Over time, this pantheon of dark spiritual progenitors directly and indirectly contributed to the emergence of the Judeo-Christian Satan. Although the concept of the Devil came to be integral to Christian interpretations of the Bible, it is difficult to find a coherent description of his biography, personality, and role in its books. Rather, Satan’s story was assembled over the millennia as theologians and writers scoured the scattered references in biblical passages and reinterpreted them through the lenses of other doctrines and legends.

Satan makes his debut in the texts that ended up forming the Hebrew Bible, or Tanakh, which was written approximately between 1200 and 165 BCE. (The Christian Old Testament contains nearly the same materials but arranged in a different order.) In these early works, he is not the powerful ruler of Hell but merely an angelic servant of Yahweh, the God of Israel and Judah. Satan’s name is derived from the Hebrew root śtn, which refers to one who acts as an adversary or accuser. Rather than describing an individual named Satan, the Hebrew Bible used the noun hassatan (“the satan”) to mean an adversary, as well as to describe any angel in an oppositional role.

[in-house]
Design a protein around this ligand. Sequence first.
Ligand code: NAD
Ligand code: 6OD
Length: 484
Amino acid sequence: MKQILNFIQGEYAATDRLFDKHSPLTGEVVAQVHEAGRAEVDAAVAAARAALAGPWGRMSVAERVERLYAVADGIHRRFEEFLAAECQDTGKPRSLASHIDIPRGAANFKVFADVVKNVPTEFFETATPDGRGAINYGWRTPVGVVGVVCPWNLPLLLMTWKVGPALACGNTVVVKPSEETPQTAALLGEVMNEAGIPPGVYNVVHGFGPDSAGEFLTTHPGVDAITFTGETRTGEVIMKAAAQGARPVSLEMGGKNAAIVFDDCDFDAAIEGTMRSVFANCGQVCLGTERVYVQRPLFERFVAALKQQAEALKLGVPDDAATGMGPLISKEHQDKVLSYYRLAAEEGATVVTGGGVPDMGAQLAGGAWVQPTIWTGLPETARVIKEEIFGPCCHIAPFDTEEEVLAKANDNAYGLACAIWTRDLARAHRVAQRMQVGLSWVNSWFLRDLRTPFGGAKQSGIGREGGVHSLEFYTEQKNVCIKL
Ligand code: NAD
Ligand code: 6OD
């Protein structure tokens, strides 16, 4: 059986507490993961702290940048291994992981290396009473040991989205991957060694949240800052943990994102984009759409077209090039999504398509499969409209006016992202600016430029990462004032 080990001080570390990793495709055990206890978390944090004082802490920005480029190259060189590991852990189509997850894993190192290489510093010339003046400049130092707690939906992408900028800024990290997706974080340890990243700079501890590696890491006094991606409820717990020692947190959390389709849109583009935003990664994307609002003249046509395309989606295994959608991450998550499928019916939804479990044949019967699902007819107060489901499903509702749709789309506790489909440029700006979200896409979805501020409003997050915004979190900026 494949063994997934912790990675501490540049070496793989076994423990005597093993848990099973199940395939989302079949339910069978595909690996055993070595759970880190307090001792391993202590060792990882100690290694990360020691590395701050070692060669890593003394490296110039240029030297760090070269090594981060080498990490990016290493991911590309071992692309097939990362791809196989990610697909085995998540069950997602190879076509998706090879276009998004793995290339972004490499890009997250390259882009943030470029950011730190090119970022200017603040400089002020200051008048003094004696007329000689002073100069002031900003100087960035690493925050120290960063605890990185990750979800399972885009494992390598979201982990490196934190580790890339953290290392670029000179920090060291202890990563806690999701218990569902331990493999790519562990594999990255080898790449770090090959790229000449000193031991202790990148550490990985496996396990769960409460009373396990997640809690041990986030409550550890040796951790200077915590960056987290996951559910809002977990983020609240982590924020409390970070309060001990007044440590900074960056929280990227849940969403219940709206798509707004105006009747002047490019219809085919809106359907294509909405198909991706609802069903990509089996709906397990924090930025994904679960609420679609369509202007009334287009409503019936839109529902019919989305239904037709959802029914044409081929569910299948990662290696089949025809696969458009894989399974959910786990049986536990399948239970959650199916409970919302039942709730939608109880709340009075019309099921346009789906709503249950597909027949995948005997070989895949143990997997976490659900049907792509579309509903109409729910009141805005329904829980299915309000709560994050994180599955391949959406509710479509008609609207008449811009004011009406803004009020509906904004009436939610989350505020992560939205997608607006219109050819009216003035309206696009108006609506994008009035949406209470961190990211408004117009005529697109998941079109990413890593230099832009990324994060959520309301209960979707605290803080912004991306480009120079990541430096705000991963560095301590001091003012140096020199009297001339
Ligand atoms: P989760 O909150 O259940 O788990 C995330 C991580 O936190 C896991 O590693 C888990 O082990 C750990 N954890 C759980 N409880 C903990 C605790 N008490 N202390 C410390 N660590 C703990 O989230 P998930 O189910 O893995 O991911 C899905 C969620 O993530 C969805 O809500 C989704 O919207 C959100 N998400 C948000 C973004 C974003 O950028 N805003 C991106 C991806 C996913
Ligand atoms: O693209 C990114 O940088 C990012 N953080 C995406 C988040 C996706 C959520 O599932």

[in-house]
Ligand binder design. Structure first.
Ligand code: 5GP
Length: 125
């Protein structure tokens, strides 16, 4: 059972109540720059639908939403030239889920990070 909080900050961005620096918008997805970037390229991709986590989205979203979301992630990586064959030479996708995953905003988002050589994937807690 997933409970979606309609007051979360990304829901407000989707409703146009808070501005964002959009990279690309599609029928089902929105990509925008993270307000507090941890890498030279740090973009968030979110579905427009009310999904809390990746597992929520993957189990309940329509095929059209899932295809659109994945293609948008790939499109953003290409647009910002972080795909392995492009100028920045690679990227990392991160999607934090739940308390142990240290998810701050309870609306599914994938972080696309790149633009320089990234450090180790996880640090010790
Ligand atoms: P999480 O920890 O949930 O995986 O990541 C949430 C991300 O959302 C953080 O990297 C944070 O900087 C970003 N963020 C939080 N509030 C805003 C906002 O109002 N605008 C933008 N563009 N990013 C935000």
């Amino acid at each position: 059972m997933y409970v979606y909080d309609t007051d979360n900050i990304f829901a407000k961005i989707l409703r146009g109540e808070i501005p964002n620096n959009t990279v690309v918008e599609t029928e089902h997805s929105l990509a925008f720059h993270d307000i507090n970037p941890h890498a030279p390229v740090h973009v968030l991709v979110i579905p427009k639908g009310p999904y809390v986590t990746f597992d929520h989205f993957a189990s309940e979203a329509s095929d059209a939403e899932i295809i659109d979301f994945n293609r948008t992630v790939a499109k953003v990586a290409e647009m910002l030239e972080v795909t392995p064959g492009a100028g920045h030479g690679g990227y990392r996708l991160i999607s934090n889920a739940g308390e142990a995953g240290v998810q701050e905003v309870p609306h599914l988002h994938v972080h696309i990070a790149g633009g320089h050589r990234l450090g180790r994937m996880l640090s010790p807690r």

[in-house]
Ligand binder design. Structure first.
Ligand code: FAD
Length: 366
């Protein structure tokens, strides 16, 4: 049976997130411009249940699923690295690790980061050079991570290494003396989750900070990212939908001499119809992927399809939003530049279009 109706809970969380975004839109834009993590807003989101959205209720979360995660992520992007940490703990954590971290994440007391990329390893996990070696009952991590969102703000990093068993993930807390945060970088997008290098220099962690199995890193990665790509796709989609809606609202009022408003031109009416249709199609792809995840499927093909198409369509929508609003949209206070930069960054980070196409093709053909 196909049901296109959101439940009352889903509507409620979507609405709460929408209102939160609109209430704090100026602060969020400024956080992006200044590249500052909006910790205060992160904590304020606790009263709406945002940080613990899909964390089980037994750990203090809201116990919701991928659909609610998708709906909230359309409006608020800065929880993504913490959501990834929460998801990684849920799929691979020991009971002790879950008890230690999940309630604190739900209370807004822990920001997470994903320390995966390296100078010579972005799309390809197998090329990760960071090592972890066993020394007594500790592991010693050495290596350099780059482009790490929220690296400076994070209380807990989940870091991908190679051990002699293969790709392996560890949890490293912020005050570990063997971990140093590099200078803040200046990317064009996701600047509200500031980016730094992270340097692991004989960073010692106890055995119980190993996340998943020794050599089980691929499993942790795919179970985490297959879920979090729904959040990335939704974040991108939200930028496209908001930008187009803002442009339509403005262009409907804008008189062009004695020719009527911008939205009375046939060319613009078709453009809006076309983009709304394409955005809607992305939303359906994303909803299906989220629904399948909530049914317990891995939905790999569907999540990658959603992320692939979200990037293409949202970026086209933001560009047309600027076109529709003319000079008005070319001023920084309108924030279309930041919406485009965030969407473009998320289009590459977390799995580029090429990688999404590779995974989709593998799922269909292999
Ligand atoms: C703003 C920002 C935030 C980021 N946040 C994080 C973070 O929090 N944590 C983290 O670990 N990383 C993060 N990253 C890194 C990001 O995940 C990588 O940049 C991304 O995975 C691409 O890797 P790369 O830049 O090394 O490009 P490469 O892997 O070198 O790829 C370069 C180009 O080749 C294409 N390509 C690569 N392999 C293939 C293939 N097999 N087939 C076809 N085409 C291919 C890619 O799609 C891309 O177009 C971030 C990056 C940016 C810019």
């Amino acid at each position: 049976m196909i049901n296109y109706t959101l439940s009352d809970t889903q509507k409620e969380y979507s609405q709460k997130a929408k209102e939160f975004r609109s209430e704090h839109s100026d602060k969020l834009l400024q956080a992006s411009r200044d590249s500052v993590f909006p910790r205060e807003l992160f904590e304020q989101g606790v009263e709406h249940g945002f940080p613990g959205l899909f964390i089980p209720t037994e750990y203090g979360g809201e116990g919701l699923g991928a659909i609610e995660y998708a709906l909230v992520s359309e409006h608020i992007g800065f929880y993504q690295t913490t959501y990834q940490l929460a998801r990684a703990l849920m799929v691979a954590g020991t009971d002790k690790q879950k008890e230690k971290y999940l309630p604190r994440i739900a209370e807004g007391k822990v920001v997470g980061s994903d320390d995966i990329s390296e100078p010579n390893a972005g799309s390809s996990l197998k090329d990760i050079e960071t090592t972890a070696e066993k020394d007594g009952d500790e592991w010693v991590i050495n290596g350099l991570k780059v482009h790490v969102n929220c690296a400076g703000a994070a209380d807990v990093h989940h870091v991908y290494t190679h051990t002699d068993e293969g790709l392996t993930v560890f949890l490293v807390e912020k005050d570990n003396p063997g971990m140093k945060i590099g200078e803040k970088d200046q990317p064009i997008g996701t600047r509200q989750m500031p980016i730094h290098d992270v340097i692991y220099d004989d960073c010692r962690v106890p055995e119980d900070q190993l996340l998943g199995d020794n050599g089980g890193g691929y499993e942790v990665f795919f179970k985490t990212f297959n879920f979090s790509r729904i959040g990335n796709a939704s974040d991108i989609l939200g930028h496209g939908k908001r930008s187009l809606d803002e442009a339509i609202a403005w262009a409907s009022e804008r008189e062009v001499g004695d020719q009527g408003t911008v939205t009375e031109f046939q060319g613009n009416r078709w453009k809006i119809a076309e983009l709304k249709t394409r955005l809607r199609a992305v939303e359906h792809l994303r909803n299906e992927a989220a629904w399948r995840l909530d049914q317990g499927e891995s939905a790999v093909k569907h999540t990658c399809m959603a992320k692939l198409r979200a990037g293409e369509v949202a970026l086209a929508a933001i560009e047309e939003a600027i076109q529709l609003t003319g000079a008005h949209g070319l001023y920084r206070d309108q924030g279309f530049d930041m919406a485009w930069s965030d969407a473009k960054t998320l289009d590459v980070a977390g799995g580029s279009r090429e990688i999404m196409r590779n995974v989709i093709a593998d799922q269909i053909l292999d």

In the book of Numbers, Yahweh sends “the satan” to block the path of Balaam, a non-Israelite prophet who embarks on a journey in opposition to divine will. The angelic emissary blocks the path of Balaam’s donkey, which bolts off the path and lies down to avoid the invisible nemesis. Since Balaam cannot see hassatan, the prophet grows angry and whips his animal for being a “smart ass.” That’s when “the satan” reveals himself and explains his divine role as an adversary. Awed, Balaam repents and agrees to do as the Lord commands.